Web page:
Human Tides and the Sherpas Among Us
These thoughts have little to do with the content of this issue, but they flow restlessly through my mind demanding expression. So be it.
Set aside for a moment, if you can, issues of Democratic and Republican politics, homeland security, official language and national identity—all the real but ephemeral concerns around which we organize our national debate on immigration reform—and think for a moment about tides.
Humans of every race, religion, skin color, language and political orientation have been migrating, like waves on the sea, across borders, mountains, deserts, oceans and mighty rivers since the beginning of recorded time.
The Roman Empire rearranged the world, Vandals and Goths rearranged the Romans, the Incas subdued most of western South America, the Spanish subdued the Incas, Mexicans kicked out the Spanish, and Americans—as Europeans came to be called—kicked out the Mexicans.
Meanwhile, ethnic and cultural waves rolled back and forth in the wake of military and political dominions, largely irrespective of formal borders. Thus we find California, once the domain of indigenous tribes, later controlled by Spain, then by Mexico, then by the United States, a perennially polyethnic place where culture and language have always commingled and where names and places richly combine Spanish, English, Russian, Italian, Chinese, Vietnamese and Native American words.
Culture and language, like weather fronts, migrating birds and organic commerce, are tidal—they respond to external influences more powerful and permanent than political platforms. The flood of Latino immigration is such a tide. It can, to considerable extent, be guided, directed, restrained and overseen. But it can’t be stopped, not with any kind of physical wall (Do we want a Korean-style DMZ?) when there are some 430 million Spanish speakers below our southern border.
Many Americans view this tide with fear and anger. So be it. That won’t stop the tide. And sending 12 million Spanish-speaking people back to where they came from is not practically, politically, economically or morally possible.Legitimate terrorism concerns aside, neither Trumpian politics nor its antithesis hold solutions to what is largely a non-problem. We can best address immigration by embracing reality and recognizing not only its inherent benefits but its essential value to an economy that would stagnate without foreign bodies. The U.S. birthrate (1.84 births per woman) is below the replacement rate, which is generally pegged at 2.1. Without immigrants, therefore, our population declines, along with our economic health and the American Dream. We are already at full employment, with labor shortages in many sectors of the economy. Meanwhile the Trump regime has announced plans to rescind Temporary Protective Status for 9,000 Nepalese immigrants granted safe haven following the devastating 2015 earthquake that left vast swaths of their country in ruins, killed some 9,000 residents and injured 22,000 more. Damage estimates have hit $10 billion, more than half the country’s entire GDP.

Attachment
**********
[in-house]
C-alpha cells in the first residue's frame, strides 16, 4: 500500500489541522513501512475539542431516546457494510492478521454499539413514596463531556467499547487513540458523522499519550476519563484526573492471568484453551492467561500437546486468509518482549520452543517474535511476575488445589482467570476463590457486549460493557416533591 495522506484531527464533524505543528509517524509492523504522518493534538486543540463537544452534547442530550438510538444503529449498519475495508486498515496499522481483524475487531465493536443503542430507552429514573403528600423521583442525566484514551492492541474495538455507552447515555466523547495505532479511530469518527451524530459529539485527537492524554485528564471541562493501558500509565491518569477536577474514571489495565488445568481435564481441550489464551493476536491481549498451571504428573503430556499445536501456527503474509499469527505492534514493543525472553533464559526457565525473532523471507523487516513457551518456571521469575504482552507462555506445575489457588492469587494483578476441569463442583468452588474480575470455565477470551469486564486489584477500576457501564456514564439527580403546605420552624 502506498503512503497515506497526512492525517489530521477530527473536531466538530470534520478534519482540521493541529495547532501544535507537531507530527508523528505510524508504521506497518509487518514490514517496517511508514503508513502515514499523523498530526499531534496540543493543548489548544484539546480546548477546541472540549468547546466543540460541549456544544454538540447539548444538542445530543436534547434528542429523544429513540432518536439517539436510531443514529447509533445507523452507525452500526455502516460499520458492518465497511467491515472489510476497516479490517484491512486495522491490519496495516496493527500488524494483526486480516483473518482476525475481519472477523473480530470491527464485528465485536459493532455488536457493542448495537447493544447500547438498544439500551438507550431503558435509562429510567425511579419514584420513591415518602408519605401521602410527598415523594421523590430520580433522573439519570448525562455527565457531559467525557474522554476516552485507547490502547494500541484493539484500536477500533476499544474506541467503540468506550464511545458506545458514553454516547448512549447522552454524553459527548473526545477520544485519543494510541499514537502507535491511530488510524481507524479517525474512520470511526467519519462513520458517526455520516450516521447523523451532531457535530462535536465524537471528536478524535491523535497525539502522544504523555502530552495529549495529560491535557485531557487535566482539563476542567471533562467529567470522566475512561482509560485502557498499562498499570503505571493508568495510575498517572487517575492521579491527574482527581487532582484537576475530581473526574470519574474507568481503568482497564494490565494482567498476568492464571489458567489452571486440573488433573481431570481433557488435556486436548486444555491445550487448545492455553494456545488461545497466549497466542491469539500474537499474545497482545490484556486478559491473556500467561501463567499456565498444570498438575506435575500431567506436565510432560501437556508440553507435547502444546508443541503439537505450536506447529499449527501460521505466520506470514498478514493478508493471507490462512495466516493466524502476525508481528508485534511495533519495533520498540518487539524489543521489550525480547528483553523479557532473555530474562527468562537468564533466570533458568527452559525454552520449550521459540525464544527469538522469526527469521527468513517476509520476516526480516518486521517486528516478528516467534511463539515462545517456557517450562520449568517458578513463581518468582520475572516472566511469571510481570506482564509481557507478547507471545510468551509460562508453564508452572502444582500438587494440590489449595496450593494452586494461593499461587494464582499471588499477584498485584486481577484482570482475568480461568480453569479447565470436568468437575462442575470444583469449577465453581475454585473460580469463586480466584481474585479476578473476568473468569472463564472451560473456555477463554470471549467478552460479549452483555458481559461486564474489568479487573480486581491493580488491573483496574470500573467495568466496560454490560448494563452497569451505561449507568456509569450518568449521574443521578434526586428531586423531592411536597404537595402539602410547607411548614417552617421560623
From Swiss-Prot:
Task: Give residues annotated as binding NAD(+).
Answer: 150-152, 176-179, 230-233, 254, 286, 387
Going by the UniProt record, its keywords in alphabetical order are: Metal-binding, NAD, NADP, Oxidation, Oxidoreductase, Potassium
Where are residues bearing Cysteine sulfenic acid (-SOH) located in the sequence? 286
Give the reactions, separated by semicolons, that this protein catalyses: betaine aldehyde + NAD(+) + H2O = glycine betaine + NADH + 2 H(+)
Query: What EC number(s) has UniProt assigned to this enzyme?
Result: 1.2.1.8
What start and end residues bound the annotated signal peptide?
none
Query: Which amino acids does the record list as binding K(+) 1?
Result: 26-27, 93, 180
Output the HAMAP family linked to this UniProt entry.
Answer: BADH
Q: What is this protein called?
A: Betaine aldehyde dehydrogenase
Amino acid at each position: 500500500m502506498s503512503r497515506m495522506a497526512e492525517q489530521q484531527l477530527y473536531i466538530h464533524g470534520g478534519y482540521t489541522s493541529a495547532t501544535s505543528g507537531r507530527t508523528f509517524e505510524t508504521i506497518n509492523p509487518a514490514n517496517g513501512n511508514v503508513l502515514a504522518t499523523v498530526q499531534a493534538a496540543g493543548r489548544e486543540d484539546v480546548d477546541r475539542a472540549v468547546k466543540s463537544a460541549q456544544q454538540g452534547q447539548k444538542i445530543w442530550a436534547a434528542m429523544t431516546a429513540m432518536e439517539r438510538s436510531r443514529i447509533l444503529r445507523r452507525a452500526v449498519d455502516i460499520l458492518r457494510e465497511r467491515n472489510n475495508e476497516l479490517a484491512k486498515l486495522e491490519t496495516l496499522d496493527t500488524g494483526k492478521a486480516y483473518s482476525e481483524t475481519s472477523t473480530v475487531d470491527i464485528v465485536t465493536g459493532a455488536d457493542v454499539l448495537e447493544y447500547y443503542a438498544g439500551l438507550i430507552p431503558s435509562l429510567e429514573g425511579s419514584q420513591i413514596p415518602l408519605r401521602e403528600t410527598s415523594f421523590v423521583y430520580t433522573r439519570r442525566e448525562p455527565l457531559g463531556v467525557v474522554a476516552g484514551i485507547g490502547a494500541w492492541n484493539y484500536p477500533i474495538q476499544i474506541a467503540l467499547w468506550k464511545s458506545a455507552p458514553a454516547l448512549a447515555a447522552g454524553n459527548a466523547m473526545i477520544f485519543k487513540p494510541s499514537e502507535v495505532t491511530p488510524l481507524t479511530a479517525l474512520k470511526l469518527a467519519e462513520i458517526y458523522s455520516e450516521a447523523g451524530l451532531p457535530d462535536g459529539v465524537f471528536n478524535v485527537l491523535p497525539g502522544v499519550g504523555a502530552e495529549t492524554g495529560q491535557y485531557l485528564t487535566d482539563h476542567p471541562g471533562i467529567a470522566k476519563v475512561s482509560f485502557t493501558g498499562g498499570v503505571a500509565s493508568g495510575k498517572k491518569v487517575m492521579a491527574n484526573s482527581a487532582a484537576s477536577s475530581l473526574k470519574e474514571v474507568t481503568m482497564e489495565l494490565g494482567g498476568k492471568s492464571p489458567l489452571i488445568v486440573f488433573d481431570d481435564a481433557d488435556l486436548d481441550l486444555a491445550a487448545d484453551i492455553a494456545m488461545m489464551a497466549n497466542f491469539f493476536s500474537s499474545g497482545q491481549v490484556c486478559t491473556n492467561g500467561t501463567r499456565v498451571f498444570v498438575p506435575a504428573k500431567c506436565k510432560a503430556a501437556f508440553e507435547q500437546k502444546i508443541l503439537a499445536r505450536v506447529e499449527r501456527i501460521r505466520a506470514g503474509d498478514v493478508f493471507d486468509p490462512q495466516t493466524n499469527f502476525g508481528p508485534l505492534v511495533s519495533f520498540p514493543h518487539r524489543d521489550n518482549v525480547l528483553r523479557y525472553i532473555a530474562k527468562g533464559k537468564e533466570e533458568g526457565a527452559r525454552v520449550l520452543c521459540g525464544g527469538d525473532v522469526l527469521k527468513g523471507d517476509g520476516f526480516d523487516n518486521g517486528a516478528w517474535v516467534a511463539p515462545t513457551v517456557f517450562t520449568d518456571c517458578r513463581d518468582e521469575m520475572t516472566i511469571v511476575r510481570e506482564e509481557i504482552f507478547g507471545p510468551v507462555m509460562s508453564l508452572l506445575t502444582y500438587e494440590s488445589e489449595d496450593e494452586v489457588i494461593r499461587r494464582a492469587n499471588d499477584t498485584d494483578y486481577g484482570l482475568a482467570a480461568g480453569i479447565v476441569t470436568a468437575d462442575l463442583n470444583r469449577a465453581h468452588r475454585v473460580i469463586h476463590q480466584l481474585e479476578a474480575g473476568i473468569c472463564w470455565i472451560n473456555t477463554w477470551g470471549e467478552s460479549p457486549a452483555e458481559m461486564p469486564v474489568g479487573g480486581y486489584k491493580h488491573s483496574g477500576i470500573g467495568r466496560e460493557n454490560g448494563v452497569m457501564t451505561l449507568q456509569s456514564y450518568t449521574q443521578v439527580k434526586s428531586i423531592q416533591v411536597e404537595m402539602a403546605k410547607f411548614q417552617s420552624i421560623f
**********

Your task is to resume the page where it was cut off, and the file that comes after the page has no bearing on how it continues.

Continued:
If you’ve been to Nepal, you know how fragile its infrastructure was even before the earthquake, especially in rural Himalayan villages accessible only by foot or helicopter. Few homes were insured, and reconstruction is expected to take several more years.
And if you live in Sonoma, you know how hardworking, industrious, creative and indomitable Sherpa people are, natives of Nepal, some 100 of whom now live among us. They own restaurants, real estate and a taxi company. They are a vital part of the business and labor community. And they send money in a regular stream back to Nepal to aid family and friends still suffering the impacts of the earthquake.We don’t know if any local Sherpas are recipients of the Temporary Protective Status Trump wants to end, but we’re sure if there are they are having a positive impact on our community and that they are contributing to the flow of donations going back to Nepal. It could be argued that one of the best forms of earthquake relief is the presence of hardworking Nepalese in America contributing to the economies of both countries.
Full disclosure: I am an unqualified fan of Sherpas and count some of them among my dearest friends. And prejudices aside, I am convinced these Nepalese residents are an immeasurable asset to this community and this country. A small but mighty tide brought a few thousand refugees here following a devastating natural disaster. They should be allowed to stay.
Thanks for listening. Now please let us tell you, inside, about the future of straws and other unnecessary plastic.
David Bolling, Editor & Publisher, Valley of the Moon Magazine
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